Oak Creek continues to plug away at its quest to get the city's lakefront opened up for public use.
Contracts for work that will address concerns with stormwater management and bluff stabilizaton — two of the many challenges in the lakefront battle — were approved by city officials this month. The city will pay JJR $116,700 for bluff stabilization and $119,000 for a stormwater master plan services agreement.
The latter contract hinges on receiving a grant to will cover $83,000 of the city's cost. City Administrator Gerald Peterson said Oak Creek expects to get that grant, but it likely won't be finalized until December, which could delay some of the work longer than the city would like.
Grants could also cover up to $22,000 in costs for the stabilization contract.
The city budgeted $1 million for lakefront redevelopment work in 2012. That money comes from public utility aid the city gets from hosting the We Energies power plant.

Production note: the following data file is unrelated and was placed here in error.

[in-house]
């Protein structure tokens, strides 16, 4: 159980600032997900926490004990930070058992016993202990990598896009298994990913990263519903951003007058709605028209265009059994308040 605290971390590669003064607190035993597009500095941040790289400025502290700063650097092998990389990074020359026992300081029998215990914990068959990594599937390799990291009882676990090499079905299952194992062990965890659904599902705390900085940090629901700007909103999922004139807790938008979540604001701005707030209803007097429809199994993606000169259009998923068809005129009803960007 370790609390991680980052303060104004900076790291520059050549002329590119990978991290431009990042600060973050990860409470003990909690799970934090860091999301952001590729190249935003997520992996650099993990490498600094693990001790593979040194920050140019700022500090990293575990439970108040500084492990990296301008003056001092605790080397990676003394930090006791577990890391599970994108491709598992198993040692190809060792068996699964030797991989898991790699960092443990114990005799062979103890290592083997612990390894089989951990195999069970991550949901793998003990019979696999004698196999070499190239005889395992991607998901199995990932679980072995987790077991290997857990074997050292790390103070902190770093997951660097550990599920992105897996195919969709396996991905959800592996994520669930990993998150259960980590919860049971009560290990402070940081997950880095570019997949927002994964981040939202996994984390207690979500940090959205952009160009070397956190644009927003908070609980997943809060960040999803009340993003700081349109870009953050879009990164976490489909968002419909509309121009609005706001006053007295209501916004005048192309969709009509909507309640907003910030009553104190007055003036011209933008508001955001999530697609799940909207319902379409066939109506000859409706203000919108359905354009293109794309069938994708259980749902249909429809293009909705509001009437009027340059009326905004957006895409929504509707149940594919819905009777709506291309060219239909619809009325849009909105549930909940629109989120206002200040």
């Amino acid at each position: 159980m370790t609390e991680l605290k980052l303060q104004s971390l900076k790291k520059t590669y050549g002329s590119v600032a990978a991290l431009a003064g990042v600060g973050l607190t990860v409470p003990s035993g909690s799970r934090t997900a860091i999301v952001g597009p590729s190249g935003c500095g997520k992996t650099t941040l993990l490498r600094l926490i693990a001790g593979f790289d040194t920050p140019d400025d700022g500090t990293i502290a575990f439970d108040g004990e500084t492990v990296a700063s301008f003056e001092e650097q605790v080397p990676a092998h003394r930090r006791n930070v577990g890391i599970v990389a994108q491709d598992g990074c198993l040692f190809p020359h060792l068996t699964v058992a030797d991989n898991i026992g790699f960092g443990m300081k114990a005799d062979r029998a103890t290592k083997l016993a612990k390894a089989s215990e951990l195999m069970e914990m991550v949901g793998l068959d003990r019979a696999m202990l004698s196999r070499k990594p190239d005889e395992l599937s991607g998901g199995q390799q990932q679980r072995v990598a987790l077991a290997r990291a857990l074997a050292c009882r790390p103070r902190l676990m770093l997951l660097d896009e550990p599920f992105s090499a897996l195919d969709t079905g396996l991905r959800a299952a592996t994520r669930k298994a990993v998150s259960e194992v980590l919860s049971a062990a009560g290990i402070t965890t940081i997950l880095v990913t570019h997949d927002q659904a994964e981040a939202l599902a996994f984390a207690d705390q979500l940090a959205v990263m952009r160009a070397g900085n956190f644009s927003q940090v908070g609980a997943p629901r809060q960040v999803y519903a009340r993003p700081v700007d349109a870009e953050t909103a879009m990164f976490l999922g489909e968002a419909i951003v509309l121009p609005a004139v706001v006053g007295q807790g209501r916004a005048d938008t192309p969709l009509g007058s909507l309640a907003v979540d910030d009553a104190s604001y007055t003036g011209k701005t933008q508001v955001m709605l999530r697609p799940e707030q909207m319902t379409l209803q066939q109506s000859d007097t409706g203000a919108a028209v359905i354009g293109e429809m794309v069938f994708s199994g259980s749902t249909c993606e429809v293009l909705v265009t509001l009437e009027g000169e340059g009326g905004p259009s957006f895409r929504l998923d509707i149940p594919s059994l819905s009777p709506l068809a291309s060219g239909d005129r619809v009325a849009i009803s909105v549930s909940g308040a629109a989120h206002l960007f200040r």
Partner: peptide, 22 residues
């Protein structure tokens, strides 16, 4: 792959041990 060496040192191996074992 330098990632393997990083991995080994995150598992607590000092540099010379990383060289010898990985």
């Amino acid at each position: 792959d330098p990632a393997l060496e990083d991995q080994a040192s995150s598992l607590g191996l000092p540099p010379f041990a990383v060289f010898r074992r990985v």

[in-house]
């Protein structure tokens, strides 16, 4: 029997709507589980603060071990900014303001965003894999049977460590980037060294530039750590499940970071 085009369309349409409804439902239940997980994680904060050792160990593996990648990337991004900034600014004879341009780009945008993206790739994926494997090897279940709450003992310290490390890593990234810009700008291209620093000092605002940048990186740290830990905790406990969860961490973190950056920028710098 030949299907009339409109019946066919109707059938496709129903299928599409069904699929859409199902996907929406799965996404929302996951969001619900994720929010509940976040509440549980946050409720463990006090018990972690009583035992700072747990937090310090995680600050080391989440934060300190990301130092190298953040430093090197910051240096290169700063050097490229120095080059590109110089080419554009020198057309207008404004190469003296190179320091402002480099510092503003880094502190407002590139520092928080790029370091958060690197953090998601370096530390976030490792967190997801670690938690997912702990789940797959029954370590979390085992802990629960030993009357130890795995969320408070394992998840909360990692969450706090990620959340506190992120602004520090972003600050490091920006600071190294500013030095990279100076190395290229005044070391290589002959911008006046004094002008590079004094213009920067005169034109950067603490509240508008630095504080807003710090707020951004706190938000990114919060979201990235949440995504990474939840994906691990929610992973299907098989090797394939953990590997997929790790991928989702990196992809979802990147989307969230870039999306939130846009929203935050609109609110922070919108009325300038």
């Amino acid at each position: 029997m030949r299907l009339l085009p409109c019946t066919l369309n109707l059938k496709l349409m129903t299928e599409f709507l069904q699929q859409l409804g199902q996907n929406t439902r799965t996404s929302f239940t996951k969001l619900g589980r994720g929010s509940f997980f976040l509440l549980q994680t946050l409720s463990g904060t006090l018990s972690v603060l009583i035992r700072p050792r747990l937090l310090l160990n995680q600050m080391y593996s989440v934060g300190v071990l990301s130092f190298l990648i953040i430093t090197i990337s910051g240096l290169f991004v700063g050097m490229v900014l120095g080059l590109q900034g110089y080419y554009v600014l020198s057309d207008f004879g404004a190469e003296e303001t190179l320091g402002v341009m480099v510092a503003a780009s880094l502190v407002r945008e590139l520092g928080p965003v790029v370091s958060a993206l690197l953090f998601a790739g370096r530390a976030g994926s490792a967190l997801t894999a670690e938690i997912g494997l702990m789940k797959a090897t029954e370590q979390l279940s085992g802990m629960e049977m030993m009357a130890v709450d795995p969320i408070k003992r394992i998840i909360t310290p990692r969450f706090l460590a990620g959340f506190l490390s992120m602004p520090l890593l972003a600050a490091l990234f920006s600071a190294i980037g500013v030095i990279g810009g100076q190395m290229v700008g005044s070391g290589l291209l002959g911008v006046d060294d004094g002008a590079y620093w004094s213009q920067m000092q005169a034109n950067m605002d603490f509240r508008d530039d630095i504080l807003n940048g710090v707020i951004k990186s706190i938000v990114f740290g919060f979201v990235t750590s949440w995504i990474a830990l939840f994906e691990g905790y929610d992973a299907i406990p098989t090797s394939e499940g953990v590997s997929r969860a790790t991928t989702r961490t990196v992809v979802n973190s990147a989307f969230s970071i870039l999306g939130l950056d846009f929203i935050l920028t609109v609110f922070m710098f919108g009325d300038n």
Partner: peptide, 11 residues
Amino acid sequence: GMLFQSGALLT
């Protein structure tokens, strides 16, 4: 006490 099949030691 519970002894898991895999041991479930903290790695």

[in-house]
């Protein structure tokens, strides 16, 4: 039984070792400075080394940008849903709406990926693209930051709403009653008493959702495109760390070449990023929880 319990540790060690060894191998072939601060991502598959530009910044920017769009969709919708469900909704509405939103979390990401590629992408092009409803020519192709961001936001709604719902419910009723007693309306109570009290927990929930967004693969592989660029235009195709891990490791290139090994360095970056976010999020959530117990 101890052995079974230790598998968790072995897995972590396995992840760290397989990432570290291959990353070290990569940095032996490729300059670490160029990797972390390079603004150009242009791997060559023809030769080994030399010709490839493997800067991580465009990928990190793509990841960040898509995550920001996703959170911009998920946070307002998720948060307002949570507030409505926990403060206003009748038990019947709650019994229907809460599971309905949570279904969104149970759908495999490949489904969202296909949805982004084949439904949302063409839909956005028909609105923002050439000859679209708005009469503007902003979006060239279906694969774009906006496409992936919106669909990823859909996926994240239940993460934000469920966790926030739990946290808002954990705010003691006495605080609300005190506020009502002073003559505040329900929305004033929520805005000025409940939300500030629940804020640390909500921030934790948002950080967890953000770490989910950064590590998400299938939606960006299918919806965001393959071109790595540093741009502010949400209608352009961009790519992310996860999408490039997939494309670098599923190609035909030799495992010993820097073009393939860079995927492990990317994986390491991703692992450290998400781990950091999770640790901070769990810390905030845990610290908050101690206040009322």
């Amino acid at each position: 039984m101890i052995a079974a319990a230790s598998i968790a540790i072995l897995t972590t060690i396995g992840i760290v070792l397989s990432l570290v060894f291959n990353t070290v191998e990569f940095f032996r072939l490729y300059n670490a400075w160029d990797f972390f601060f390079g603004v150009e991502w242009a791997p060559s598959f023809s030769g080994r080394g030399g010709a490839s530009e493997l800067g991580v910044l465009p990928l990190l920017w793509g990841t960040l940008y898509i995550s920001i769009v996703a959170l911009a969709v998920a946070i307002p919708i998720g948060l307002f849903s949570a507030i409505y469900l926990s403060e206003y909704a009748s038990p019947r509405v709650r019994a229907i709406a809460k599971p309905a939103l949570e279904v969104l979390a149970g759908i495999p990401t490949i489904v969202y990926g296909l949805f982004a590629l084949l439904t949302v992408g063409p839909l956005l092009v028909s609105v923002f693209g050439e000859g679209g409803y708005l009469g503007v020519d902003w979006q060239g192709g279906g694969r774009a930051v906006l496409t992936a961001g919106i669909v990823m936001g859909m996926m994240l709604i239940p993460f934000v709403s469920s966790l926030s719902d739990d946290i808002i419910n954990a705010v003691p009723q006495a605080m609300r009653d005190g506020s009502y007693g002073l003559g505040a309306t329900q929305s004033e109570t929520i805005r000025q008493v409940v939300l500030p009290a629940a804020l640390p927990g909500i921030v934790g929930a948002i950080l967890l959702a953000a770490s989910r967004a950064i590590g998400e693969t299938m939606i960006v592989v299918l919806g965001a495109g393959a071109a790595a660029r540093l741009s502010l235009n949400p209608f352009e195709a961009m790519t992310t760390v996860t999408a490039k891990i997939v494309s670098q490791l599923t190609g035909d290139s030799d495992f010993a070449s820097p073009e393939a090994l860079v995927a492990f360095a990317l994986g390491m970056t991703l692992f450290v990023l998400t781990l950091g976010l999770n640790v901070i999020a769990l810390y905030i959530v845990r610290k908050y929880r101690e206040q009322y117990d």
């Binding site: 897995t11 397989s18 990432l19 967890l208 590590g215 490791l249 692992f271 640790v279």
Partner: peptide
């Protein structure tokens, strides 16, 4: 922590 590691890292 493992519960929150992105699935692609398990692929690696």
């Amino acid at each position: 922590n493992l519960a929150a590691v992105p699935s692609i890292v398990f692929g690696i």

City officials are actively pursuing grants in both the lakefront and Delphi redevelopment projects, Mayor Steve Scaffidi said. Oak Creek has received more than $1 million for the Delphi site and is on its way to the $1 million mark for the lakefront.
Officials say they want to leverage city money with funding from the state and federal government, as well as private sources.
Both contracts are steps in improving Oak Creek residents' access to Lake Michigan, Scaffidi said.
"It has to be done if we ever want to open that area up for development, and for the public to actually have access to 260-plus acres on our lakefront," he said.
The area is just north of Bender Park and has been vacant for decades, with former factories long-shuttered.
The city has said a public park will be the first component of a years-long redevelopment project to be constructed, which could happen in 2013.
Plans call for a mix of residential, retail, commercial and public space at the site. A new road will also be built to connect Fifth Avenue, which borders the redevelopment area, with Highway 100.